In movies, we often see snipers aiming at their targets, placing the reticle of their scope at exactly the spot they want the target to impact, and rarely making any substantial adjustments to the knobs adorning the telescope like lens attached to the tops of their rifles.  Often, they’ll omit what is arguably one of the most valuable tools a sniper has – his spotter.  Military spotters are usually equipped with a more powerful scope than the sniper has on his rifle, and between the two of them, the sniper/spotter team is able to observe the objective and make adjustments based on variables like wind speed and the distance to the target in order to maximize their chances of success.

In movies, the difficult part of being a sniper is often omitted; presenting us with talented distance shooters as though the skill set is akin to Harry Potter’s chosen-one-ness; based on an invisible power that us regular folks simply don’t have.  In reality, being an effective sniper requires a great deal of patience, a high level of observational skills and a mastery of mathematics in conjunction with traditional talents with a firearm.

It’s this ability to balance the mental and physical challenges of the task that make some better suited for the job than others, but the Army has a plan to make the process a whole lot easier – and in the years to come, it could turn every American infantryman into a sniper more like the ones we’ve seen on TV than the ones we can currently find in the field.

In an effort to take some of the more complicated aspects of distance shooting out of the equation, the Army is working to develop an integrated fire control system that mounts on a rifle just like a traditional scope.  However, unlike existing scopes, the Ballistically Optimized Sniper Scope (or BOSS) can accurately assess the distance to a target, compensate for a number of variables, and place the reticle where the round will actually impact, rather than where the rifle is currently aimed.

“To improve sniper effectiveness, especially at extended distances, we need to find a way to increase accuracy by reducing aiming errors, and minimize the time for the shooter to figure out where to correctly aim his weapon,” said Regina Stonitsch, Assistant Product Manager for BOSS at Project Manager Soldier Weapons. “We believe the answer could be the BOSS Project.”

In effect, it takes all of the math out of the game and gives the sniper a vastly simplified process when setting up to take a shot.  This means a significant reduction in the time it takes for a capable sniper to achieve his objective and reduces the likelihood of circumstances changing while the sniper/spotter team works to assess the situation.

“Since sniper rifle and ammunition technologies are unlikely to change considerably in the foreseeable future, we’re concentrating our efforts on developing a revolutionary fire control system that will provide a leap in shooter performance and likewise a big return on investment,” Stonitsch said.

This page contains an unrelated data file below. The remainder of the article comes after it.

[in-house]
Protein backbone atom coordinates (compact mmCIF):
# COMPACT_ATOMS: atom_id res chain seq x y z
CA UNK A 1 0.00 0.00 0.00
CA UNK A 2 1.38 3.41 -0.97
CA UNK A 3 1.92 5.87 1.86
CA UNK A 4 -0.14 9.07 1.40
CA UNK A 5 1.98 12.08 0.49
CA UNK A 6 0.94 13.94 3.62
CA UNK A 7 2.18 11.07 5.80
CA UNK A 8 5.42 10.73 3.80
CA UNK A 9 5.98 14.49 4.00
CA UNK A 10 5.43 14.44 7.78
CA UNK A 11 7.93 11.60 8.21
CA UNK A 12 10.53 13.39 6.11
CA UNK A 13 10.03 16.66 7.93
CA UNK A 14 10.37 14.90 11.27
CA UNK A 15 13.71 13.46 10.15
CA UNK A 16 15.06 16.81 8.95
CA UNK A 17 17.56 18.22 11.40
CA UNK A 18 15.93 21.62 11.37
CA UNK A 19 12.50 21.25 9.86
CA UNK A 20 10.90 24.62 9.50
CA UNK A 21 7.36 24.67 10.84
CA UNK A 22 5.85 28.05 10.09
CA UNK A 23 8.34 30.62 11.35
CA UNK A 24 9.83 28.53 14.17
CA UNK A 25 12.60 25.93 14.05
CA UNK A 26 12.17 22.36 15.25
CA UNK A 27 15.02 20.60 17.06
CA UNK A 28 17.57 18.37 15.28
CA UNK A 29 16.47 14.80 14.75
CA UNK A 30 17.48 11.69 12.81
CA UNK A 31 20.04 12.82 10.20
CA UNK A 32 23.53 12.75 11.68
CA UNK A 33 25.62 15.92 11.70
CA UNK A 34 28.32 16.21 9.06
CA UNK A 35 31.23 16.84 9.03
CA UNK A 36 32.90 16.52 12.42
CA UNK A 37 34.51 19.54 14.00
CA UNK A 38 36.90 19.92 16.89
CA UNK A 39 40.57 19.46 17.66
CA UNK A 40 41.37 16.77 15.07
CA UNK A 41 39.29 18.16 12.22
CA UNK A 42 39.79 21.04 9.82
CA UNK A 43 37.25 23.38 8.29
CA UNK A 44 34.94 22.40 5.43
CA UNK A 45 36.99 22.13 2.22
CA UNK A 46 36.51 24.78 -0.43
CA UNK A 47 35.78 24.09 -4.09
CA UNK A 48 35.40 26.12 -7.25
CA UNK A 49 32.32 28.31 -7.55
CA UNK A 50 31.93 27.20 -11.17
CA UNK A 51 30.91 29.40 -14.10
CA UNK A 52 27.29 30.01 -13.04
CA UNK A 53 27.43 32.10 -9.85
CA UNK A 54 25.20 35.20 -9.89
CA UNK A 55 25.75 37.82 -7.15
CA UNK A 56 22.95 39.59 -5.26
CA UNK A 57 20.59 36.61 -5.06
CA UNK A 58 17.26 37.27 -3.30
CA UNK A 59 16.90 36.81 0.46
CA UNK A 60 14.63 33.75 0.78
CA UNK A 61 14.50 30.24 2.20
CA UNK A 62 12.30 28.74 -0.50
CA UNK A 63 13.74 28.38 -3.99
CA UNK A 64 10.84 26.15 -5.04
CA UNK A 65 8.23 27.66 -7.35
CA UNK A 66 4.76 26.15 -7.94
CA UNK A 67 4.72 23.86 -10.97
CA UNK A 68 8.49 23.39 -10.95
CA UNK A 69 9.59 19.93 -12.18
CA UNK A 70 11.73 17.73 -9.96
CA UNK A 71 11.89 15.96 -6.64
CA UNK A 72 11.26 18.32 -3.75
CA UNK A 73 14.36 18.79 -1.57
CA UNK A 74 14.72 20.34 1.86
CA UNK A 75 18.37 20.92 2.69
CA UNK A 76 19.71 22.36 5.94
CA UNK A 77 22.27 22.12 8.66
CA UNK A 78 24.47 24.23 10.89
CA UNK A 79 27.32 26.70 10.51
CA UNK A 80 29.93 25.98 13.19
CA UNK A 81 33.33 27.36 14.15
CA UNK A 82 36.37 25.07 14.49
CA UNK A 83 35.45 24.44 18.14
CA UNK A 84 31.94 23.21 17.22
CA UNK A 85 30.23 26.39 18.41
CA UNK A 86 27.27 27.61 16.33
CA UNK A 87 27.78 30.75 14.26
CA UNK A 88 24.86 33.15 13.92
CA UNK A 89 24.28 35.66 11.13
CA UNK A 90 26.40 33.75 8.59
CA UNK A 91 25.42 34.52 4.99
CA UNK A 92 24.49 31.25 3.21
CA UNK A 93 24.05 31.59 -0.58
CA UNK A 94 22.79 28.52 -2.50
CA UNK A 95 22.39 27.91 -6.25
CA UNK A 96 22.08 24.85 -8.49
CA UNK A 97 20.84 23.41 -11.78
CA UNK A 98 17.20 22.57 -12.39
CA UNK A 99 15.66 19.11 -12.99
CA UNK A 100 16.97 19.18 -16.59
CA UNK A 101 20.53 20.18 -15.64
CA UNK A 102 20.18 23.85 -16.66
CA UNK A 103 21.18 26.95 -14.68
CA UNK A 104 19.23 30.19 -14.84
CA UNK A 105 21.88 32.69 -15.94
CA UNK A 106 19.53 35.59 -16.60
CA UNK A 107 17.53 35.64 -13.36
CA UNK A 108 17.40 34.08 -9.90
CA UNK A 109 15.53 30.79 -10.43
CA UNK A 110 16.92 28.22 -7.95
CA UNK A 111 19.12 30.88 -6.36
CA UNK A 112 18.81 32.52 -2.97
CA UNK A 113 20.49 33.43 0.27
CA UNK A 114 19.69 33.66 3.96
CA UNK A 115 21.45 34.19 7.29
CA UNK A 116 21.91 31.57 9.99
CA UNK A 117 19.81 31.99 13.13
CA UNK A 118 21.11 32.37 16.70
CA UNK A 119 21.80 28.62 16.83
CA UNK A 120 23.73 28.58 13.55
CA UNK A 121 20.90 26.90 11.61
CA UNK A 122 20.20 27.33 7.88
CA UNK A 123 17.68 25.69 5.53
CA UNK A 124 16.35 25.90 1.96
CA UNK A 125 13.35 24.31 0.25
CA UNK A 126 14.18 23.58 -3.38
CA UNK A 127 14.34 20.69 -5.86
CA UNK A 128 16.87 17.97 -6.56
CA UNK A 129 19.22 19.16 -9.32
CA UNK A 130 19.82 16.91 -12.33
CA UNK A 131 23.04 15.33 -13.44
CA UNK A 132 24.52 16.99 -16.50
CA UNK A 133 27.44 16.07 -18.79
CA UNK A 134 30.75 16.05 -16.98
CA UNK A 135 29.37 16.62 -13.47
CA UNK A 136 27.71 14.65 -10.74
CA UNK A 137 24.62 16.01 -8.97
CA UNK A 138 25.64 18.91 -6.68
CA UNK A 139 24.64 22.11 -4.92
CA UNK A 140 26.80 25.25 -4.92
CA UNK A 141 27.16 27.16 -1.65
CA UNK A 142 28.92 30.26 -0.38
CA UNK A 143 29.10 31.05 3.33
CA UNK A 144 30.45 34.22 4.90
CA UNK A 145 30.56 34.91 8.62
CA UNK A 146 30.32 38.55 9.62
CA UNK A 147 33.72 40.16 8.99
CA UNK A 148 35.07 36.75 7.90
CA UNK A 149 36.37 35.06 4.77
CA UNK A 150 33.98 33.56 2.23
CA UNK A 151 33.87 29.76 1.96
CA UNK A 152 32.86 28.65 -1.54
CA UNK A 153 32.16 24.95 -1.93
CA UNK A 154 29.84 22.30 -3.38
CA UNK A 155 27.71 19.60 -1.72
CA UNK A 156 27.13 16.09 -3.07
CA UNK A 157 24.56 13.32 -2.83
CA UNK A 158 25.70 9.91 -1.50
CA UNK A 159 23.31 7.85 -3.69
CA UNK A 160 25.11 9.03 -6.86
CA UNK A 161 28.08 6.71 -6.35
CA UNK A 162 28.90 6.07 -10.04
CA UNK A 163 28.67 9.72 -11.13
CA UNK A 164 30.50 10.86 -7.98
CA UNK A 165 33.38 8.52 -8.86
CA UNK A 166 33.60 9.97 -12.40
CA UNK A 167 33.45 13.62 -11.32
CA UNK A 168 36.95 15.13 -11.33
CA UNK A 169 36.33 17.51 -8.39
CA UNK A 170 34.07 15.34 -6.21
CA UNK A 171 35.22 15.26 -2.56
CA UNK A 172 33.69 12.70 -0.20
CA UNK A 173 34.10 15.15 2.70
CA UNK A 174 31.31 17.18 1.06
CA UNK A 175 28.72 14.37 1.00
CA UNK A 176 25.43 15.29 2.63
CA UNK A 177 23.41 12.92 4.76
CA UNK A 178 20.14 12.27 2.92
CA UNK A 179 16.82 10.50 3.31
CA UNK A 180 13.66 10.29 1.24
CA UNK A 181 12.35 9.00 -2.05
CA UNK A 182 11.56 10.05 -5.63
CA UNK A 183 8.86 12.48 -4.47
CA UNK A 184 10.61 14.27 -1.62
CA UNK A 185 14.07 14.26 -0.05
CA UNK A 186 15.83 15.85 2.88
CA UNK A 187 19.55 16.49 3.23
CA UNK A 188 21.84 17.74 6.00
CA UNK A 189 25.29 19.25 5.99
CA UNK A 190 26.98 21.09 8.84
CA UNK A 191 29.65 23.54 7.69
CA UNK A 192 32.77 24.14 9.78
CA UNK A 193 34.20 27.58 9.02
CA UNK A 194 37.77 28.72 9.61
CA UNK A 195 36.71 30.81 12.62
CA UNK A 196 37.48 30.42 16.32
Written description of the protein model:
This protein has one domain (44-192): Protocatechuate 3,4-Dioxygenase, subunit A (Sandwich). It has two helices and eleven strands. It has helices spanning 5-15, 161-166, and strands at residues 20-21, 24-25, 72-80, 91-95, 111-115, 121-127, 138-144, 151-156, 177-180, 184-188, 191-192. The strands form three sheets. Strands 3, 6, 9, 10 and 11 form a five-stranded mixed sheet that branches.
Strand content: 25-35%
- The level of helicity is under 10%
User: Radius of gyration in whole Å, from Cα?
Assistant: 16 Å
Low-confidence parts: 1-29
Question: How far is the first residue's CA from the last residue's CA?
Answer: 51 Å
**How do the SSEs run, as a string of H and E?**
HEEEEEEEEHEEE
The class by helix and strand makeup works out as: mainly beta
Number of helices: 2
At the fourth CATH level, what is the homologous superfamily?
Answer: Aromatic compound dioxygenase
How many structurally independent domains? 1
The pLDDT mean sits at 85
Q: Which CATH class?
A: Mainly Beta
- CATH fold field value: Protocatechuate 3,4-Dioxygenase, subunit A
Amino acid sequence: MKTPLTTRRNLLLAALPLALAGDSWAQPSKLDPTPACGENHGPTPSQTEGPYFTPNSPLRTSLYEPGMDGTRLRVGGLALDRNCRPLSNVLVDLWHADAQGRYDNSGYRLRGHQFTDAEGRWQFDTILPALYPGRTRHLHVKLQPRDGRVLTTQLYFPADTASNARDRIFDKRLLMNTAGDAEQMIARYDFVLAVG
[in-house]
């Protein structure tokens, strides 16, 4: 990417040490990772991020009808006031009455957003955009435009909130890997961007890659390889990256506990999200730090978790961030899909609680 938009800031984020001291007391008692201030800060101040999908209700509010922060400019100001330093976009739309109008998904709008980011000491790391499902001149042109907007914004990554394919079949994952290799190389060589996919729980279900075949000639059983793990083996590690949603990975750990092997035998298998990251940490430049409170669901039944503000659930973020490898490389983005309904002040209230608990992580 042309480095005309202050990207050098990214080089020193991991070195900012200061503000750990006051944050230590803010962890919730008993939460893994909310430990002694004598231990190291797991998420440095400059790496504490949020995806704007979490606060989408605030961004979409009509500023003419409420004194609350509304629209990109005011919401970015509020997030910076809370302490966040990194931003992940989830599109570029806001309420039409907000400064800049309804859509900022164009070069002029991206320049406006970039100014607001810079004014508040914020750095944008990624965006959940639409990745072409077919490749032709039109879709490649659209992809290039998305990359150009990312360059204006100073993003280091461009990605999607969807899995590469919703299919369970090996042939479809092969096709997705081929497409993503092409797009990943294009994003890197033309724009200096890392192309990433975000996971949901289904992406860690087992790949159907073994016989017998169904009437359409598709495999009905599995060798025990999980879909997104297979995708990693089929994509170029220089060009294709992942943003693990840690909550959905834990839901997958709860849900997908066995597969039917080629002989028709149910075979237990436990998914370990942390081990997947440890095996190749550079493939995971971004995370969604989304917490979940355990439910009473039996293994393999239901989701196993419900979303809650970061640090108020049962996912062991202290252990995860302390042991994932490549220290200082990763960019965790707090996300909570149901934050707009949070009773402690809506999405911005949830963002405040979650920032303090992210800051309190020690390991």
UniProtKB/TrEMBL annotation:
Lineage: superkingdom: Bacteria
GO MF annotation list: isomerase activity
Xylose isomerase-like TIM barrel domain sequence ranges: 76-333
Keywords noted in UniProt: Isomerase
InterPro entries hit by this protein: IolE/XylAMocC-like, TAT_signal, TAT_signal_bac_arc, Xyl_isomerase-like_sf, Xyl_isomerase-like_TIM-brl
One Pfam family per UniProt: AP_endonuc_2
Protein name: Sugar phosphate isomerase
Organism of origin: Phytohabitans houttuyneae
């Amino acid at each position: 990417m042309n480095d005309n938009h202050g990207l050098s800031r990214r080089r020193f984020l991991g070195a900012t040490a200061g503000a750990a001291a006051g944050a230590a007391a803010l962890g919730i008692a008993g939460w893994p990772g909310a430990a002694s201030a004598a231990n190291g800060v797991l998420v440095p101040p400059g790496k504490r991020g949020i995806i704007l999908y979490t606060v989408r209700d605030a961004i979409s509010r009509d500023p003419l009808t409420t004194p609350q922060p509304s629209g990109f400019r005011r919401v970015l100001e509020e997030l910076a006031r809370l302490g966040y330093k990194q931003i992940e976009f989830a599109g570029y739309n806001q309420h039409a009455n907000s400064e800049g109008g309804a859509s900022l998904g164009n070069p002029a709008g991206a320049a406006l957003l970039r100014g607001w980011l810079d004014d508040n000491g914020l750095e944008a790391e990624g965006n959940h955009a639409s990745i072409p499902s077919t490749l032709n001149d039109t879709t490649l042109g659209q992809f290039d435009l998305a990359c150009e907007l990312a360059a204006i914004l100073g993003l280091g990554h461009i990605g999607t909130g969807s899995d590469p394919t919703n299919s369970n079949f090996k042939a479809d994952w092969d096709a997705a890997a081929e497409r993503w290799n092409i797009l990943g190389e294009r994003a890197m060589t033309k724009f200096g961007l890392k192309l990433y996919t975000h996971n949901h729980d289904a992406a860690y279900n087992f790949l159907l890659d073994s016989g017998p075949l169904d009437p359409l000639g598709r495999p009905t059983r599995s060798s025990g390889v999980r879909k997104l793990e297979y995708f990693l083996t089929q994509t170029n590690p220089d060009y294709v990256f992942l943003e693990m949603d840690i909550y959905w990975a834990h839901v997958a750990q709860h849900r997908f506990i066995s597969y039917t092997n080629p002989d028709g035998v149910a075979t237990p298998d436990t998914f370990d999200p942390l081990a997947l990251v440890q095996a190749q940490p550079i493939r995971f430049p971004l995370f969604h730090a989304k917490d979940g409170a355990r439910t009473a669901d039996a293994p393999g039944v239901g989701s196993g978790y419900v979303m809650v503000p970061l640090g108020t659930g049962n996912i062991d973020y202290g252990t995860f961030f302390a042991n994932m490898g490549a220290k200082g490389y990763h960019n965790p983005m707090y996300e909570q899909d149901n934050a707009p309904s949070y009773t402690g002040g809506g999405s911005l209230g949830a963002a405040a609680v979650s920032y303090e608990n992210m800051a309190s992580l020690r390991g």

The BOSS sight system mounts on a rifle via the Picatinny Rail, and incorporates a variable power 6-22x magnification optic with an eye-safe laser ranger finder and several environmental sensors.  The onboard computer interprets the data gathered by the full suite, including a ballistic calculator that takes the type of ammunition being used into account and gyroscopes that feed it data on platform orientation and other firing position variables.

All of the math is done by the scope as the sniper maintains the target in his vision, allowing for increased situational awareness and reduced chances of losing sight of the target while making adjustments.  The BOSS scope then provides an updated reticle based on the variables it has assessed – meaning the sniper has to make no adjustments to the sights whatsoever.  He can then place the reticle on the target with certainty that it is showing him exactly where the round will impact.  In the event of a power failure, the BOSS sight system can serve as a traditional rifle scope, allowing the sniper to maintain combat effectiveness even if the equipment goes down.

According to Stonitsch, the BOSS sight system has been tested on personnel sized targets from the maximum range allotted by the weapon systems currently employed by Army snipers, but is actually capable of making adjustments for distances far greater than current sniper systems will allow for.  The current limitations of the BOSS sight system is not the system itself, but the weapons it can be mounted on.  Tests have shown the BOSS system to reduce engagement time on the target by an average of fifty percent across the board, and eliminates the need for sniper teams to carry their traditional kit of items used to perform ballistic computations.

At 3.5 pounds the BOSS sight system isn’t heavy, but it’s not light or cheap enough to be distributed to the masses.  At present, it’s intended only for elite sniper teams, but as technology permits, the BOSS system could become smaller and cheaper, allowing for more of America’s service members to be outfitted with the system.

“The BOSS is currently designed for snipers, but its technologies can be easily adapted to other small arms weapon systems,” Stonitsch said. “It could be a game-changer for our Warfighters by taking the guesswork out of aiming and making virtually anyone a marksman with the touch of a button.”

Current projections suggest the BOSS sight system will see deployment with Army snipers as soon as 2020.


Images courtesy of the US Army